Between the Cinque Ports and Yarmouth, near enough to feel specially aggrieved, and strong enough to take frequent reprisals, a petty warfare was waged through some centuries, and numberless are the Acts of Parliament and royal mandates seeking, but seeking in vain, to remedy the evil. Then there were constant feuds between the merchants of England and those of other countries, Scotland and France especially. In 1335-to give one or two out of many instances-a vessel of Southampton, stocked with wool and other merchandise, was captured at the mouth of the Thames by a little fleet of Scotch and Norman privateers; and in 1336, Jersey and Guernsey were attacked and plundered by several Scotch pirates, who also seized a number of English ships lying off the Isle of Wight. In 1357, three Scotch galleys did immense damage to the shipping of the eastern coast, until they were seized by the men of Yarmouth.
More memorable than all was the strife between John Mercer, a bold merchant of Perth, and John Philpot, of London, in 1378. Mercer's father had for some time given assistance to the French by harassing the merchant ships of England; and in 1377, being driven by foul weather on to the Yorkshire coast, he was caught and imprisoned in Scarborough Castle. Thereupon the son carried on the strife. Collecting a little fleet of Scottish, French, and Spanish ships, he captured several English merchantmen off Scarborough, slaying their commanders, putting their crews in chains, and appropriating or destroying their cargoes. This mischief must be stopped, and at once, thought John Philpot, the Mayor of London, and one of its wealthiest merchants and noblest citizens. Therefore, at his own cost, he promptly collected a number of vessels, put in them a thousand armed men, and sailed for the north. Within a few weeks he had re-taken the captured vessels, had effectually beaten their impudent captors, and, in his turn, had seized fifteen Spanish ships, laden with wine, that came in his way. Returning to London,
he was called before the king's council, and reproved for his illegal conduct in taking an armament to sea without first obtaining the royal consent! His answer was characteristic. I did not expose myself, my money, and my men to the dangers of the sea,' he said, with cutting irony, to the Earl of Stafford, loudest in his reproaches, 'that I might deprive you and your colleagues of your knightly fame, or that I might win any for myself; but in pity for the misery of the people and the country, which, from being a noble realm with dominion over other nations, has, through your supineness, become exposed to the ravages of the vilest race; and, since you would not lift a hand in its defence, I exposed myself and my property for the safety and deliverance of our country.'
foreign attacks, and to strengthen a love of liberty and independence at home, as well as to enrich it with wealth and all the fair possessions that wealth and industry bring to a nation, England could not help becoming great. John Philpot was but one out of thousands who deserve our veneration alike for the nobility of their own characters, and for the good work done by them on behalf of their country. The lives of many can be but vaguely traced in the dim records of history, and are shown to us only in a few disconnected events. But of others we know enough to follow their careers and understand their influence upon both commercial and political history, and of these the most noteworthy shall be taken as heroes in the following portions of this series of papers on the Merchant Princes of England.' H. R. F. B.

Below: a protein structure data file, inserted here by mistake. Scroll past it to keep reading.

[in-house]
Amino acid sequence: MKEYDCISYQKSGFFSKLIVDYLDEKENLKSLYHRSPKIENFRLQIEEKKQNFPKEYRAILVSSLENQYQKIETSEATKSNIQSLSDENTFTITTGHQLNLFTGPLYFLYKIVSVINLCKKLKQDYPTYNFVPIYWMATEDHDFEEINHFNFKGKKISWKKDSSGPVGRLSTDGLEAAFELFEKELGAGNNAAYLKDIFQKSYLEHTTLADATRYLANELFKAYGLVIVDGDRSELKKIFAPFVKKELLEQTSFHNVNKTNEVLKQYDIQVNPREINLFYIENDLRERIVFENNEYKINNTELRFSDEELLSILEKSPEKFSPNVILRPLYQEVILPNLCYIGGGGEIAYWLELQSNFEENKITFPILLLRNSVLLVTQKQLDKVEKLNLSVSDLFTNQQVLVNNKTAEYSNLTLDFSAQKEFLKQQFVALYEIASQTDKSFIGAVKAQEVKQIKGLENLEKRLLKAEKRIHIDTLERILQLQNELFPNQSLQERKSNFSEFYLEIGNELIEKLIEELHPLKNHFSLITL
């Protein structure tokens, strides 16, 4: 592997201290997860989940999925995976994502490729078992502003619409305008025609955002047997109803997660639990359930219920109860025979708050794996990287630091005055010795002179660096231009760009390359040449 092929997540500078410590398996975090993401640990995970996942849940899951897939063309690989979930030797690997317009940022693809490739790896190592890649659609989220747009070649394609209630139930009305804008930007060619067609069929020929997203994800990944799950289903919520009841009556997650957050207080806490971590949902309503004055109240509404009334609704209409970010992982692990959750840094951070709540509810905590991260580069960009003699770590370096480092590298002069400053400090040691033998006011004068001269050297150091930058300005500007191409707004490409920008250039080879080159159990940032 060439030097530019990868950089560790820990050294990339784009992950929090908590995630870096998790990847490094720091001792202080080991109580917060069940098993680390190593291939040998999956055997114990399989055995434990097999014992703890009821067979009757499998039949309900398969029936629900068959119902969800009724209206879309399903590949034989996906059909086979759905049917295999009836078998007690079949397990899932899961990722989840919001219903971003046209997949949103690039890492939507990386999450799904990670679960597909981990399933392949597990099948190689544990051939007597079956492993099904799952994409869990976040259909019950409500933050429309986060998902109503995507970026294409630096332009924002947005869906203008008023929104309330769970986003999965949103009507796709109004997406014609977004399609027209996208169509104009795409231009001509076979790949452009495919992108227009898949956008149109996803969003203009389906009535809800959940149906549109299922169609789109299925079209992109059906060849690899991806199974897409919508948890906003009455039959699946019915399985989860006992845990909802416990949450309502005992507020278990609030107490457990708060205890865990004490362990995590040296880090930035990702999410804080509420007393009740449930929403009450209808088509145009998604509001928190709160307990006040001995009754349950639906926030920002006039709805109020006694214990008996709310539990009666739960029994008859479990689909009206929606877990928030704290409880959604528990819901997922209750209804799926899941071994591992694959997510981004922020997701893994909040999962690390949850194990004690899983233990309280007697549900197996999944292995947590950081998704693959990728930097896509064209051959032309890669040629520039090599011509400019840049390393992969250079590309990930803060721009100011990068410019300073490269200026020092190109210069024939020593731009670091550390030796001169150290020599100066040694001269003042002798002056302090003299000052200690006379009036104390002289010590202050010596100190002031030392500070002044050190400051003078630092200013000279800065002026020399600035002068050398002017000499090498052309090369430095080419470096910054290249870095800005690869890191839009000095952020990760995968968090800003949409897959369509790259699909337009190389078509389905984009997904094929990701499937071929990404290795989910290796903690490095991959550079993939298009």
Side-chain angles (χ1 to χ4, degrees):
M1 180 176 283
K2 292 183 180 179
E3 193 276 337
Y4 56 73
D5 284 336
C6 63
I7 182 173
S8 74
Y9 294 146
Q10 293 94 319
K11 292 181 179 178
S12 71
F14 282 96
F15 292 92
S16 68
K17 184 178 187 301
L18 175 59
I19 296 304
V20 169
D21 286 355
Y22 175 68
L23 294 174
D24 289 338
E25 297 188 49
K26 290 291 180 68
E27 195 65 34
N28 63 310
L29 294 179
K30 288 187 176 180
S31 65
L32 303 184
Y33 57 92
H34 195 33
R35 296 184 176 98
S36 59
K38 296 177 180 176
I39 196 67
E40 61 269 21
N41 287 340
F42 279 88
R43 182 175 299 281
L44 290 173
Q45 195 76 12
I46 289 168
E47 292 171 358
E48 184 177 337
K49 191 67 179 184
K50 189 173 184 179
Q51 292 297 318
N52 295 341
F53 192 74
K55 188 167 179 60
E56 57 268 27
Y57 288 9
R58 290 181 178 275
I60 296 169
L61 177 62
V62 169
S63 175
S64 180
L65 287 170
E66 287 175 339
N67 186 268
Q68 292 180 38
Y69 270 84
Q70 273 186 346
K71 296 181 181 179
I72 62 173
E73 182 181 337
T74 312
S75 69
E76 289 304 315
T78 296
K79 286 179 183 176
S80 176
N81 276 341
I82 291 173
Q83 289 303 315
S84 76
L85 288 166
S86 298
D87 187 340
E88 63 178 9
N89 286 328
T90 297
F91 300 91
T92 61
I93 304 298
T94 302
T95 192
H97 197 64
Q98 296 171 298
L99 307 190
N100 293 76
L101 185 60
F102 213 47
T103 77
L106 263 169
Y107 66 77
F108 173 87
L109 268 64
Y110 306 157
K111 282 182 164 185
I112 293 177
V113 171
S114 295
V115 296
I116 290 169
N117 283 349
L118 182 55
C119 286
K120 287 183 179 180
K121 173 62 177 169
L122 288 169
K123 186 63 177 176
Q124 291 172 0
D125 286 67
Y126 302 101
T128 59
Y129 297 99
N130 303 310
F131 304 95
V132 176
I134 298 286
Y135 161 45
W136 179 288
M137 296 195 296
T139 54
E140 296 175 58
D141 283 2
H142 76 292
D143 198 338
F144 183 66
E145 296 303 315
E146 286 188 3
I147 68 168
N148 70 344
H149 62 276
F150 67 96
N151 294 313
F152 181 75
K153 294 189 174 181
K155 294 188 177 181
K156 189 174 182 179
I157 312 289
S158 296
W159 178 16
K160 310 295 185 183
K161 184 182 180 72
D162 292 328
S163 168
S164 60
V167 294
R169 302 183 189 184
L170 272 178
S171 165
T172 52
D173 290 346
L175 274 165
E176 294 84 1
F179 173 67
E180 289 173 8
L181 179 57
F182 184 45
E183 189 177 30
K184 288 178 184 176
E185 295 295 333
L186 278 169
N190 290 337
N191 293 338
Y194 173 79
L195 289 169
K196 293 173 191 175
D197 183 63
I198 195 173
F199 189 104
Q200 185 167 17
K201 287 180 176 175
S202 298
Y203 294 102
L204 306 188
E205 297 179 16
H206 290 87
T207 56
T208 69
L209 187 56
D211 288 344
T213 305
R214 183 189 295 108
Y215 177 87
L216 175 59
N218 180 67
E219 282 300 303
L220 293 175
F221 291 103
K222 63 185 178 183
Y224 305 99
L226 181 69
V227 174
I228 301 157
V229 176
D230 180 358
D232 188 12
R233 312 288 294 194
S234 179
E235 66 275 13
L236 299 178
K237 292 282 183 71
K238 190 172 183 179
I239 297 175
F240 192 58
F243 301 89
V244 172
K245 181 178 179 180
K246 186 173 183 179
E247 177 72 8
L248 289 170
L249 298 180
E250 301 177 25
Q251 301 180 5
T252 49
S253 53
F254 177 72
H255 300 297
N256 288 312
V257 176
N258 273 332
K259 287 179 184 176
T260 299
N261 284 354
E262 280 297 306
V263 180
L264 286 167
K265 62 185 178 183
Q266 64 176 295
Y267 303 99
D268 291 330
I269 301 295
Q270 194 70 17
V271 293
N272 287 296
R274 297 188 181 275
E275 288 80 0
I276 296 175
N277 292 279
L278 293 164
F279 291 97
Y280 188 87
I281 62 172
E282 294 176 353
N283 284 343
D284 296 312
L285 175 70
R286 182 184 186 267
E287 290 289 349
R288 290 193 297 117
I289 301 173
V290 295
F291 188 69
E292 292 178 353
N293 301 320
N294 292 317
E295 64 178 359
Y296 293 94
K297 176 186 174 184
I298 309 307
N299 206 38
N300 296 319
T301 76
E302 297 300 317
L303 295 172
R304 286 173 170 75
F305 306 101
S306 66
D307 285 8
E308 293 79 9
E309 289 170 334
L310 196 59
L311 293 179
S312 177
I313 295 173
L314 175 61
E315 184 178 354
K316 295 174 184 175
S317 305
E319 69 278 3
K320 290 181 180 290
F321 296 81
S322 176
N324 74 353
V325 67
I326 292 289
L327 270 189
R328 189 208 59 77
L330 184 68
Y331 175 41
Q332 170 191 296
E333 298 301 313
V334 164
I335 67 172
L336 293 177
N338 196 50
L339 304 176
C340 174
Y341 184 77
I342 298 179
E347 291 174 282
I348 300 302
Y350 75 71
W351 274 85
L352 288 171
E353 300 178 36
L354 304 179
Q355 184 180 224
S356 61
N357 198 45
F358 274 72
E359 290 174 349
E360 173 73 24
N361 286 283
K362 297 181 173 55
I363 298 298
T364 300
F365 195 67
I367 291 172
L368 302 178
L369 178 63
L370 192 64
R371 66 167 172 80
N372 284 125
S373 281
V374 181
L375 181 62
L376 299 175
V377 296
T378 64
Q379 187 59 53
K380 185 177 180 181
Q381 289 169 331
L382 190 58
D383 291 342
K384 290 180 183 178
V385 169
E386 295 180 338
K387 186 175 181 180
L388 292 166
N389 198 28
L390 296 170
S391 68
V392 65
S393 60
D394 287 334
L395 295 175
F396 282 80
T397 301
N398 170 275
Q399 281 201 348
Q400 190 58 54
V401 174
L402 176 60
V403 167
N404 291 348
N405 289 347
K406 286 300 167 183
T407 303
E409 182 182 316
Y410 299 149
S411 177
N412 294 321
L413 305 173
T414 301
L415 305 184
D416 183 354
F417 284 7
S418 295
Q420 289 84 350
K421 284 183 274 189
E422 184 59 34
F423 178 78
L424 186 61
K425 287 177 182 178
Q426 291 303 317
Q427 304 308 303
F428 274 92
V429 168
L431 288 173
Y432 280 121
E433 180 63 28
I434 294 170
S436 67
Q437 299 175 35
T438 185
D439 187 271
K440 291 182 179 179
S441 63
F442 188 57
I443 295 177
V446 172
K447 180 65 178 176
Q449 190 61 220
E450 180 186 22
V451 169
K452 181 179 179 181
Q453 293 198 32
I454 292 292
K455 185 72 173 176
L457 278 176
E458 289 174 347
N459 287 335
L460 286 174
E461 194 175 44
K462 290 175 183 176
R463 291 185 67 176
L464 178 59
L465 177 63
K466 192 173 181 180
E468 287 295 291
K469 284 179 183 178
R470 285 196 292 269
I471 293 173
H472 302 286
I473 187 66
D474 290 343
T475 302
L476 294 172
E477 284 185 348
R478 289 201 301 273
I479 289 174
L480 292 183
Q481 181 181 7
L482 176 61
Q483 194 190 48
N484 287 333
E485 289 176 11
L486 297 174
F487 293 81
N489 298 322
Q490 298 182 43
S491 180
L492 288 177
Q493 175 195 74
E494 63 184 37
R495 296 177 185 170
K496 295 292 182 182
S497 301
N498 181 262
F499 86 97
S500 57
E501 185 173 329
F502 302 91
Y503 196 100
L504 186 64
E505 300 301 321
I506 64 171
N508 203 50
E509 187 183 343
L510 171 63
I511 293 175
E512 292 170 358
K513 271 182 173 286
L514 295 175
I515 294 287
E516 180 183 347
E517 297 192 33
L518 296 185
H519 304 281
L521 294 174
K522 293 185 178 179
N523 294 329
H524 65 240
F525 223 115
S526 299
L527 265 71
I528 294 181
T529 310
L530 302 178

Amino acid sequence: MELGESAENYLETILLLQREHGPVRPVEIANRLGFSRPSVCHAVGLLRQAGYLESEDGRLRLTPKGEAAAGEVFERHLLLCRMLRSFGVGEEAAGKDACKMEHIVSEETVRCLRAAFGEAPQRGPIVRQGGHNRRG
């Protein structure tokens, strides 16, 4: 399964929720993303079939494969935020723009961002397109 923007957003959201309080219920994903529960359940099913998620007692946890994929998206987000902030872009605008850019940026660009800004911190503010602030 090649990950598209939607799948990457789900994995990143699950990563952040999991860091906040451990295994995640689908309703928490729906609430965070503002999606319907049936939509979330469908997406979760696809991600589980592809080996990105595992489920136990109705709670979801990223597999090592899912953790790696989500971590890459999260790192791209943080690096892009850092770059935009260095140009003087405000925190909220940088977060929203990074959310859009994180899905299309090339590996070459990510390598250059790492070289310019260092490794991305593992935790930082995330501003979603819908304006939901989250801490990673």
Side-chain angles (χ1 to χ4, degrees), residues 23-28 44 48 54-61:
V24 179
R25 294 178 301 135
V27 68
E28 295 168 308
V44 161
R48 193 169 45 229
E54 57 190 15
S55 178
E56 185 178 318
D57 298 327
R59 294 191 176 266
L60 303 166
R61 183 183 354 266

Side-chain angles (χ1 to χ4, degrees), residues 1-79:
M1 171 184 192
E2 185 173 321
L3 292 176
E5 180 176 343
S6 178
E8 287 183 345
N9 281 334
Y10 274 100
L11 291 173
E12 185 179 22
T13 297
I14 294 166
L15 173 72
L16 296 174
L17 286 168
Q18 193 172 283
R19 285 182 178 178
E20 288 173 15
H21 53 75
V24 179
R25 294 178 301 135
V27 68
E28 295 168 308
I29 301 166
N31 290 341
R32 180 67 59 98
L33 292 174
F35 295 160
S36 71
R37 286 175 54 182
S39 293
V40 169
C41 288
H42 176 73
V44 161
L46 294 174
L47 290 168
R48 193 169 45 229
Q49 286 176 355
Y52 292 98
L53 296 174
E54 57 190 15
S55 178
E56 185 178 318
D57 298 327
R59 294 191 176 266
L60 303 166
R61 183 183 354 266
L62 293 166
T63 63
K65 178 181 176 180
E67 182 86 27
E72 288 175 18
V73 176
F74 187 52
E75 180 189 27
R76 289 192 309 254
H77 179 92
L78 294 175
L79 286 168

THE ORDEAL FOR WIVES.
A Story of London Life.
BY THE AUTHOR OF THE MORALS OF MAYFAIR.'
THE FLEMING BLOOD.
due for introducing a family of persons who could subsist upon less than two hundred pounds a year to the reader's notice.
I have, in my time, read many stories in which the painful subject of poverty was treated; but have mostly found its more hideous details recorded in such terms as these:-The pittance of five hundred a year, allowed him by his uncle, barely sufficed to maintain him in the common decencies of life;' or, The young couple began their happy, but frugal ménage upon the interest of the bride's twelve thousand pounds, and poor Algernon's pay as a LieutenantColonel.' Such curious ideas respecting extreme want, do, no doubt, arise from the circumstance of authorship itself being such a lucrative craft: indeed, I remember in one old, fashionable novel, an authoress remarking that she intended to buy a Cashmere shawl with the three hundred pounds she should get for her next slight magazine story; and what can you expect but figurative starvation from a lady who realizes a thousand or so per annum, by knocking off flimsy magazine sketches, and subsequently devotes the fruits of her genius to Cashmere shawls? But I think even the wealthiest writers should recollect, that what seems death to them, may be life to other men; and, in the face of the very highest authorities, I will maintain that there are persons living, to whom five hundred a year seems a large fortune, four hundred a year a handsome one, three hundred a year a delicious competency; and who subsist like gentlemen and gentlewomen upon less than two hundred. The indelicacy of writing that last figure really staggers me; for, in
the most realistic novel, who ever saw decent lay-poverty done at less than three hundred pounds a year? But, as the admission has fallen from Miss Joan's own lips, so it shall rest. Yes, I abide by the fact. The Englehearts lived upon the objectionable sum already stated, and lived upon it, according to the ideas of simple country folk, like gentry.